I think there are some details that need to be considered before determining what you can do. You said your lease is up, but it's unclear as to whether the lease for the property you own is up. If it is not, you will have to wait until the end of the lease period unless she fails to pay rent...Read more »
I have given her time as its pandemic situation. But she has not been responding to my texts or calls. I have asked her multiple times about rent but she is not responding and refusing to meet me or let me into the Property.
You can proceed with giving her a 5 day pay or vacate notice, and then filing an Unlawful Detainer in court five days after she receives that notice. The Unlawful Detainer, if granted by a judge, gives you the right to file a Writ for Eviction, which is what the sheriff uses to evict her. There are...Read more »
Tenant has been late in paying rent last couple of months. She is not responding to my calls or texts, emails asking for rent. I even went and rang the bell but she wont open the door. The only text she responded was when I told that i would enter the property, she responded saying donot enter. No... Read more »
I agree with Mr. Maloof. I would also add that you have the right to enter the property after giving reasonable notice to the tenant (at least 24 hours notice). You can't just knock on the door and walk right in, but the tenant has to let you in if you give them notice you are coming by.
I have had multiple occurrences since purchasing my condo in 2016. I have documentation asking for the damage to be fixed multiple times and each time it is patched up temporarily. I have had furniture damaged, rugs damaged, lighting fixtures damaged and my association refuses to take the lead on... Read more »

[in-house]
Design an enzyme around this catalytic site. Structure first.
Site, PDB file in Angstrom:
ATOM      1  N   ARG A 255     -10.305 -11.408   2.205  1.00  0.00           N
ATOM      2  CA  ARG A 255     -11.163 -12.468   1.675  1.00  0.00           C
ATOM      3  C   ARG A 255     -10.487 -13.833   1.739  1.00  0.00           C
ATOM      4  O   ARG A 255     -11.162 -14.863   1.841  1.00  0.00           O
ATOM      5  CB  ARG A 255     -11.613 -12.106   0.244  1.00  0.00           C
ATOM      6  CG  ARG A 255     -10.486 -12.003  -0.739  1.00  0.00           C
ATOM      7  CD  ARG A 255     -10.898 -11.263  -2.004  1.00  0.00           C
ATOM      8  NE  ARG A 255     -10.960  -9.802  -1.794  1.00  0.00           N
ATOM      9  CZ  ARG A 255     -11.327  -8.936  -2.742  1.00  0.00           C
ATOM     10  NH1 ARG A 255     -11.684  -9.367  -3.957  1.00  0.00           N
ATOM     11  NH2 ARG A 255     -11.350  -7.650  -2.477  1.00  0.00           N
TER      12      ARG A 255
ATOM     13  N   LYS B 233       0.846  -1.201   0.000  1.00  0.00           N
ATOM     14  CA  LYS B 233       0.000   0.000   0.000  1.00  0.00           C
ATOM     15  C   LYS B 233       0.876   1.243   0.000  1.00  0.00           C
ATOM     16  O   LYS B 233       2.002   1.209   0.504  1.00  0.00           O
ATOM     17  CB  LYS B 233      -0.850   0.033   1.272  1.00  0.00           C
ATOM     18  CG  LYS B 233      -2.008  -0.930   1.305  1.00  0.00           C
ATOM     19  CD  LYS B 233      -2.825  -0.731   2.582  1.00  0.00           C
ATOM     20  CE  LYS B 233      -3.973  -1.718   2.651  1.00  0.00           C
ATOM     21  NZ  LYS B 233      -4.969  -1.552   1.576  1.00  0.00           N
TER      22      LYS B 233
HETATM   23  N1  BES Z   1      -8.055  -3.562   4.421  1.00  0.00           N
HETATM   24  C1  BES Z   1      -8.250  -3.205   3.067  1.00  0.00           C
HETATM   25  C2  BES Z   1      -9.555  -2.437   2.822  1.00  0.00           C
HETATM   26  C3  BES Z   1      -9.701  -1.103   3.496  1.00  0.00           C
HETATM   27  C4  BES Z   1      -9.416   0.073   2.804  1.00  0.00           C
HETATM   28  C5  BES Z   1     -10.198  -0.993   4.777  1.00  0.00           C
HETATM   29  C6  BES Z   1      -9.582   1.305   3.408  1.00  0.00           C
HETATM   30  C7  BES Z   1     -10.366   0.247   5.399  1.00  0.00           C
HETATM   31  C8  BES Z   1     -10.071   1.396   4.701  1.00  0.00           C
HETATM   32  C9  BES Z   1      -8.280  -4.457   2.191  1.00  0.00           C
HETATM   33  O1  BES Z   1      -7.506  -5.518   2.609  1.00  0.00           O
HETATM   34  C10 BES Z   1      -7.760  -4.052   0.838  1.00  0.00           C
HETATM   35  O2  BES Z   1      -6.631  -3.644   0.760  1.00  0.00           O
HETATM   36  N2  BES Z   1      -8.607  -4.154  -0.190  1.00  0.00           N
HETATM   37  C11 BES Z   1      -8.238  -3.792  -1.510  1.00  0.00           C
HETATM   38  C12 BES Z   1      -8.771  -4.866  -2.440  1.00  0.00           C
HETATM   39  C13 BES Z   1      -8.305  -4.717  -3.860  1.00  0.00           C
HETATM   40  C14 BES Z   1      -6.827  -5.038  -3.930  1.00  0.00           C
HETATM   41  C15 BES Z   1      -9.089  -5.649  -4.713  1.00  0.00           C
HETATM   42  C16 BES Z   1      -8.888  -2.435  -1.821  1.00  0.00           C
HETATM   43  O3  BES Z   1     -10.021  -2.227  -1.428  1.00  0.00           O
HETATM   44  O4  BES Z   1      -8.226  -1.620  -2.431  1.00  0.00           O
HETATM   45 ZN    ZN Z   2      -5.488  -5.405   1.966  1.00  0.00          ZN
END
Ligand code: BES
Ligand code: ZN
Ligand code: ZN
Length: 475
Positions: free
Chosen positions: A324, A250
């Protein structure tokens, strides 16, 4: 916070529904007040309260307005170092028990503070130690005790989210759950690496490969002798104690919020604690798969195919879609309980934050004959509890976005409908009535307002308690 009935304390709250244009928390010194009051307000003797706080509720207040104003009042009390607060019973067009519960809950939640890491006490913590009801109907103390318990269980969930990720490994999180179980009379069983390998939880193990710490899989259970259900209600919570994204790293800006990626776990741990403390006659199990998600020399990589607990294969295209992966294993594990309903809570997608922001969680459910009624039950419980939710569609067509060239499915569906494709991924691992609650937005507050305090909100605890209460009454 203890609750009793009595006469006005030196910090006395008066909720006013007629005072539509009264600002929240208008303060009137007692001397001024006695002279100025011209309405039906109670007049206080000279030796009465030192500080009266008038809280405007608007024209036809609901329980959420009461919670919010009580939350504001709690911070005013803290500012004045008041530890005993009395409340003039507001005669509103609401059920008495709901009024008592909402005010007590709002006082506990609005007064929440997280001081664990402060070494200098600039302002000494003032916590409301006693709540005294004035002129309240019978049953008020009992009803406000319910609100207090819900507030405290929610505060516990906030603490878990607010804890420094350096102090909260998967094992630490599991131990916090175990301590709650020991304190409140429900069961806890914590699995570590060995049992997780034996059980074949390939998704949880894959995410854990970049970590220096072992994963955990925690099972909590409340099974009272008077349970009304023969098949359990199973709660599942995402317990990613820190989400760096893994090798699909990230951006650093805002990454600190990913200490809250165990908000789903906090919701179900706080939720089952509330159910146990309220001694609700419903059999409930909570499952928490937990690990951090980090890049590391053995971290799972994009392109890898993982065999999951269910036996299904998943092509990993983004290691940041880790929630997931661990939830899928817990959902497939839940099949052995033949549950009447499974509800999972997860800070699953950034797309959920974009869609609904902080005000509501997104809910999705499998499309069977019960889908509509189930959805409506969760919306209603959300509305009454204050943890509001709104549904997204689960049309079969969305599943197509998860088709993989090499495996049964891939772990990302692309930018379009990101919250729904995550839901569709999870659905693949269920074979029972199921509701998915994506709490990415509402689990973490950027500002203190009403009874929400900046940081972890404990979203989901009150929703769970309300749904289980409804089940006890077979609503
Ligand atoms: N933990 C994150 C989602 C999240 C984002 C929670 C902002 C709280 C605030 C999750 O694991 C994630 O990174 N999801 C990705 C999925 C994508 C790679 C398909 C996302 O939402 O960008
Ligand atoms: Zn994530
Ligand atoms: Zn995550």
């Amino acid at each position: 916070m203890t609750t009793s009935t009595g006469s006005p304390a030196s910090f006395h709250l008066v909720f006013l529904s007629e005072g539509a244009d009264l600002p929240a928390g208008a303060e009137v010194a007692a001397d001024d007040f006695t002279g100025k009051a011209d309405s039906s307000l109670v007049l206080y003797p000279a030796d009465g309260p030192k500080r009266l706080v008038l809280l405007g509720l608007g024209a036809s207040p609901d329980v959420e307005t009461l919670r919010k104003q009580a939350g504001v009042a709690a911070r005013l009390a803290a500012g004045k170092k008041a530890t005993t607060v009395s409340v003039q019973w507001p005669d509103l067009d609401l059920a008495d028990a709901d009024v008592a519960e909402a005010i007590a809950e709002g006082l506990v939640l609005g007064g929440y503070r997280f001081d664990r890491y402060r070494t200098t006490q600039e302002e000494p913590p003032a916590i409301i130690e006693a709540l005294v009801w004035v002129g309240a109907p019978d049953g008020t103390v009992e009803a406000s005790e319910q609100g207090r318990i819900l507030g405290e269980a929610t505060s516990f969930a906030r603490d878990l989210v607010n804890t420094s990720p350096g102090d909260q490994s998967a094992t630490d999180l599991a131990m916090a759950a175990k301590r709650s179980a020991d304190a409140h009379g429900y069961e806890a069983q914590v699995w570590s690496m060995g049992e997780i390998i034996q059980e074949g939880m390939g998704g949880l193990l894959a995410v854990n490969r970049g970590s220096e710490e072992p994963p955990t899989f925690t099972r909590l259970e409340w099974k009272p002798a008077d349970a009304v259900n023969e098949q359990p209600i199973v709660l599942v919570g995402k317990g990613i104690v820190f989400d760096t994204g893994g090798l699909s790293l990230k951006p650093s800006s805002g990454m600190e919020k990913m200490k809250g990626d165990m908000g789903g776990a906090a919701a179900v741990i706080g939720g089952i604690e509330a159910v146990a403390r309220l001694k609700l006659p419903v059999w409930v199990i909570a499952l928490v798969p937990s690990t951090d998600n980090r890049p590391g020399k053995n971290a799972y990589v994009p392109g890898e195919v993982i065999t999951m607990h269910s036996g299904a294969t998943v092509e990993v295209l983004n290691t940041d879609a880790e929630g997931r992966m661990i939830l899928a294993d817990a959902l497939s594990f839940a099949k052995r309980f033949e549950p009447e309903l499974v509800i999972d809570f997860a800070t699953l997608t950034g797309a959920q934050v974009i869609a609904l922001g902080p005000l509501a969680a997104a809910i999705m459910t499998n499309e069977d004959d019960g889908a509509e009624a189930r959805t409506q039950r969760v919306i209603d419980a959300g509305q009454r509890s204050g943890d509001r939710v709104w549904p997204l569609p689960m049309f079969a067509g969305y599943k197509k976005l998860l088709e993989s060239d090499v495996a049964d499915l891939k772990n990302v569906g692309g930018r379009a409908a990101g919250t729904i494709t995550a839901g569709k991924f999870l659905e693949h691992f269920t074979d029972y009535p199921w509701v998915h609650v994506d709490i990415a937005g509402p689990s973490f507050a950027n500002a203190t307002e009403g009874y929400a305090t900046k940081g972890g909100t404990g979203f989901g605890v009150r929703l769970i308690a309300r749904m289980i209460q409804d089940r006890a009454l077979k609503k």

You may be able to bring legal action against the Condominium Association if they fail to take responsibility for something that is their responsibility. However, determining what is the CA's responsibility and what they should do is complicated and requires both a knowledgeable review of the...Read more »
My apartment complex claimed to be smoke free. On a daily basis, cigarette and marijuana smoke come into my apartment from neighboring apartments. I let the management know, but it is still happening. This has been affecting my health as I do not smoke. Can I break my lease without penalty? Is that... Read more »
You may be able to force the apartment complex to let you out of your lease, depending on how bad the situation is and how definitively the apartment has prohibited smoking. You may have a harder time proving that the situation exists and is dangerous to your health than you think. The process for...Read more »
Developer owns a majority of the development but wants to start charging an HOA fee, without having an HOA committee of homeowners. It seems as if he wants our money but wants to retain the decision making. Also, if he charges a monthly fee for HOA, should he be paying for his lots?
A planned unit development is usually regulated by a Master Deed or Declaration, which would show whether there is an HOA attached to the development, whether assessments can be charged, and how the amount of assessments is determined. You would need to look at that information, which is recorded...Read more »
I moved into a rental as a third party not on the lease, though I had the Landlord's permission. I have been residing and paying rent to my roommate for 7 months, and she paid the landlord. The lease was on an automatic renewal set to end July 31st and my roommate (who is on the lease) did not... Read more »